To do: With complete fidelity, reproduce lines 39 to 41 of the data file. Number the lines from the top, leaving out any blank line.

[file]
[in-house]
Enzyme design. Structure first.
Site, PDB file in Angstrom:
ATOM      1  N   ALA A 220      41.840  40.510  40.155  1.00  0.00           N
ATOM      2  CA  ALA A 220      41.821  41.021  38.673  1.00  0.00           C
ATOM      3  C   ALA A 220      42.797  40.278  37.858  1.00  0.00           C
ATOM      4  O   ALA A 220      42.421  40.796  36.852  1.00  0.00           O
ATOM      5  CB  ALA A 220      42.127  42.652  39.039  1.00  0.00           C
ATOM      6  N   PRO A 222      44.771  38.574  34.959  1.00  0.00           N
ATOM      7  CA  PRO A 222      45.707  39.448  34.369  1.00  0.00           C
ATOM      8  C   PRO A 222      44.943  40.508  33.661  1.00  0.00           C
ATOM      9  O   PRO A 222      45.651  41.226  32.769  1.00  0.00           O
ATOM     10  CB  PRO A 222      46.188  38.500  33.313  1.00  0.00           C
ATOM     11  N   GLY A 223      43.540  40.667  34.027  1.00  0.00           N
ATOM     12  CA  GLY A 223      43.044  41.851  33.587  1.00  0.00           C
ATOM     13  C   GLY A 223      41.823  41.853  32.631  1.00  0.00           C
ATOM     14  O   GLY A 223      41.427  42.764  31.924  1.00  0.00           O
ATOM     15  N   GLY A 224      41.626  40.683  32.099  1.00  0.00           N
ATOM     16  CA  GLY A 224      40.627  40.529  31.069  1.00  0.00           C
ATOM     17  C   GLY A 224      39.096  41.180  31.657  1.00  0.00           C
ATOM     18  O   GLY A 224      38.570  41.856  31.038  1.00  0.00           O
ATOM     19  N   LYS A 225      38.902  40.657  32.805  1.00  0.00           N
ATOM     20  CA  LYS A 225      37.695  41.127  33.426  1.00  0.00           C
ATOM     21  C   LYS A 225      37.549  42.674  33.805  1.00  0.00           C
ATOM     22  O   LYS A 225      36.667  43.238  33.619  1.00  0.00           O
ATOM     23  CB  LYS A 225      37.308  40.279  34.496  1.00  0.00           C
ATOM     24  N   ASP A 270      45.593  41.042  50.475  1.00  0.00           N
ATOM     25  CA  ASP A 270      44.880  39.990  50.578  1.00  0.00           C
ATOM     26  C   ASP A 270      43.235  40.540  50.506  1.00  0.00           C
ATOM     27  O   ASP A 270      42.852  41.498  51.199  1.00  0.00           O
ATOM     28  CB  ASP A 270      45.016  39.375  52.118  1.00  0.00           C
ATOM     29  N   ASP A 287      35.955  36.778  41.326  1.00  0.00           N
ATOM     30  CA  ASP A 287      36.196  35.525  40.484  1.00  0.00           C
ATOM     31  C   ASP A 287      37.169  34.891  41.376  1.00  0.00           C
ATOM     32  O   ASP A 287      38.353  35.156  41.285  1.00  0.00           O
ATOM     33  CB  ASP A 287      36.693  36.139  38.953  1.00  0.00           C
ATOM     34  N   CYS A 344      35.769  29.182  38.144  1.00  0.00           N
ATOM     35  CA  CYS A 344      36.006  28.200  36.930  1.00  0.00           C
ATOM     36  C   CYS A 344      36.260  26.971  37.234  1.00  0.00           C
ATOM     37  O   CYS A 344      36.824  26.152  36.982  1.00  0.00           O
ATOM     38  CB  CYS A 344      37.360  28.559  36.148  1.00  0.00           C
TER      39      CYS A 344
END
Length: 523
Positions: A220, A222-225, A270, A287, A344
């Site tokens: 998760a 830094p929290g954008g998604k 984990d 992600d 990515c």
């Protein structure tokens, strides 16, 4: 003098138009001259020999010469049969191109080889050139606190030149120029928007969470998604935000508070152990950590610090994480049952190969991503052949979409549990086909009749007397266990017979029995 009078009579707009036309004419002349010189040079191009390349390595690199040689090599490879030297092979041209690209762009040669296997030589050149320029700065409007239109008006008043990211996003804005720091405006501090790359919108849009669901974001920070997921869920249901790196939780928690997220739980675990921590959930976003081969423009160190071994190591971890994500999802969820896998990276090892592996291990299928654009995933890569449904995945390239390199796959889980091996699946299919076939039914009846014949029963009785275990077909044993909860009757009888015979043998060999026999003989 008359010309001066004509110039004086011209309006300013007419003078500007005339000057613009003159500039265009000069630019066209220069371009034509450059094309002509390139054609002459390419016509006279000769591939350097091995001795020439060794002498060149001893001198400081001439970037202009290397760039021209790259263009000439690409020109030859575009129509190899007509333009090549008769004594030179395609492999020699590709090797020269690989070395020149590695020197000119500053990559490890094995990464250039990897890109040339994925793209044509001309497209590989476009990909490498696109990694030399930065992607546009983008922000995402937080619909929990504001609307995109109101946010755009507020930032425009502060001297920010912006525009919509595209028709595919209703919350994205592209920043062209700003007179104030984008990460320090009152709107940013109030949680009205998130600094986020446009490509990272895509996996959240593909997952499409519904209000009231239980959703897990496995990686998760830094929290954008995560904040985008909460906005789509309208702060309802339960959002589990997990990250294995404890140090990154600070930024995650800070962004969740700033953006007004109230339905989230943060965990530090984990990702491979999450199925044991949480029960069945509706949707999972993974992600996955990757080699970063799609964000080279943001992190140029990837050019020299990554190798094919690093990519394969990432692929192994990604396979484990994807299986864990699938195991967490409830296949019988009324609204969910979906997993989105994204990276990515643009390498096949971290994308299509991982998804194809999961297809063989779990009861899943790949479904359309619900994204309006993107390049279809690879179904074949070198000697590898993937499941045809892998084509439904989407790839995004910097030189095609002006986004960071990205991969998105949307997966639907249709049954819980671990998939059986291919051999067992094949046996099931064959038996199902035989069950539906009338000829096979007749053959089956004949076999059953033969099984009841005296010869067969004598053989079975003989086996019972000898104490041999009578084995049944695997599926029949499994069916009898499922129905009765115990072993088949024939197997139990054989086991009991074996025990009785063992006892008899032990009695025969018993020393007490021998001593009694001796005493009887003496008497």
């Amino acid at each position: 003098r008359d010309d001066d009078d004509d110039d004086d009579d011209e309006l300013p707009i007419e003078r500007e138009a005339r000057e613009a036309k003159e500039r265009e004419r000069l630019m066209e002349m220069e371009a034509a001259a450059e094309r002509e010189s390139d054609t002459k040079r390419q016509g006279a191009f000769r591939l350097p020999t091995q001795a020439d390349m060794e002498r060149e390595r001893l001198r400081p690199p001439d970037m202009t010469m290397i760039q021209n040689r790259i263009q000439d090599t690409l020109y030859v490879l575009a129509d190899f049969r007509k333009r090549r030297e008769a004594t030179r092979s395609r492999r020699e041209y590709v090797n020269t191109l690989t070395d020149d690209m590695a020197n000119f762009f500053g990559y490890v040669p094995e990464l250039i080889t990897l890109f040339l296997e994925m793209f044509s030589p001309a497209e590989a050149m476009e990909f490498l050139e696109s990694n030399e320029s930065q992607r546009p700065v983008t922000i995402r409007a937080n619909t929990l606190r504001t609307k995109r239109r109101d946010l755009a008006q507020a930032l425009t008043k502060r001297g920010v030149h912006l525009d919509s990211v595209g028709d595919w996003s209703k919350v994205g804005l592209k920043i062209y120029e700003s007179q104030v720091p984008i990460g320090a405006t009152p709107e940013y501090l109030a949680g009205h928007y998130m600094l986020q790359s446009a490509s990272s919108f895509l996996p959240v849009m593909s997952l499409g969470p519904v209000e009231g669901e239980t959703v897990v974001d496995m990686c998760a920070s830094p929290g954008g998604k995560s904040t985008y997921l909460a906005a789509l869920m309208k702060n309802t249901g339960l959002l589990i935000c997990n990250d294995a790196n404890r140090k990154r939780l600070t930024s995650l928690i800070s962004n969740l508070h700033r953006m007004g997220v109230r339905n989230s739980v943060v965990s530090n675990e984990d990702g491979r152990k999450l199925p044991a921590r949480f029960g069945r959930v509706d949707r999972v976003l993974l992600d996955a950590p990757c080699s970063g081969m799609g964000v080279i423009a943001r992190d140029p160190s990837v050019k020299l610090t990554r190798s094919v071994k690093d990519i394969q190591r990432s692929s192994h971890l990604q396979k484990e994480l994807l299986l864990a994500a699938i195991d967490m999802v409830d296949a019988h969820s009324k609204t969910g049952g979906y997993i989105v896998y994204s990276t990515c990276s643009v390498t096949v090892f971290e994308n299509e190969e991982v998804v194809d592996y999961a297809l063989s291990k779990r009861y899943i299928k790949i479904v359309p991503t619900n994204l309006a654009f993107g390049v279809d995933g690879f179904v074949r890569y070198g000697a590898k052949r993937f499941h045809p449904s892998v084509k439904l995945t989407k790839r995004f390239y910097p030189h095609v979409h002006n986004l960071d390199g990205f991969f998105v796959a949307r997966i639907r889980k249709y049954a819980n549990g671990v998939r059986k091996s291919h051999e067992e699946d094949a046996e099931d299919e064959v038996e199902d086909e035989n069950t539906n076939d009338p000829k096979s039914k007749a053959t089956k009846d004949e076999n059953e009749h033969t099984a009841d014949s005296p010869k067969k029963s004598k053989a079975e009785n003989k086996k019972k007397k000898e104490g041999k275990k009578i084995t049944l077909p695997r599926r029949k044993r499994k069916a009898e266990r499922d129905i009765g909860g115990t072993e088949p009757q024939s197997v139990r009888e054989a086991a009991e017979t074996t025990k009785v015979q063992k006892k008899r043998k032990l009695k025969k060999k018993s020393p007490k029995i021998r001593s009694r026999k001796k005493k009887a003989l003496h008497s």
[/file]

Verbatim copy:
ATOM     36  C   CYS A 344      36.260  26.971  37.234  1.00  0.00           C
ATOM     37  O   CYS A 344      36.824  26.152  36.982  1.00  0.00           O
ATOM     38  CB  CYS A 344      37.360  28.559  36.148  1.00  0.00           C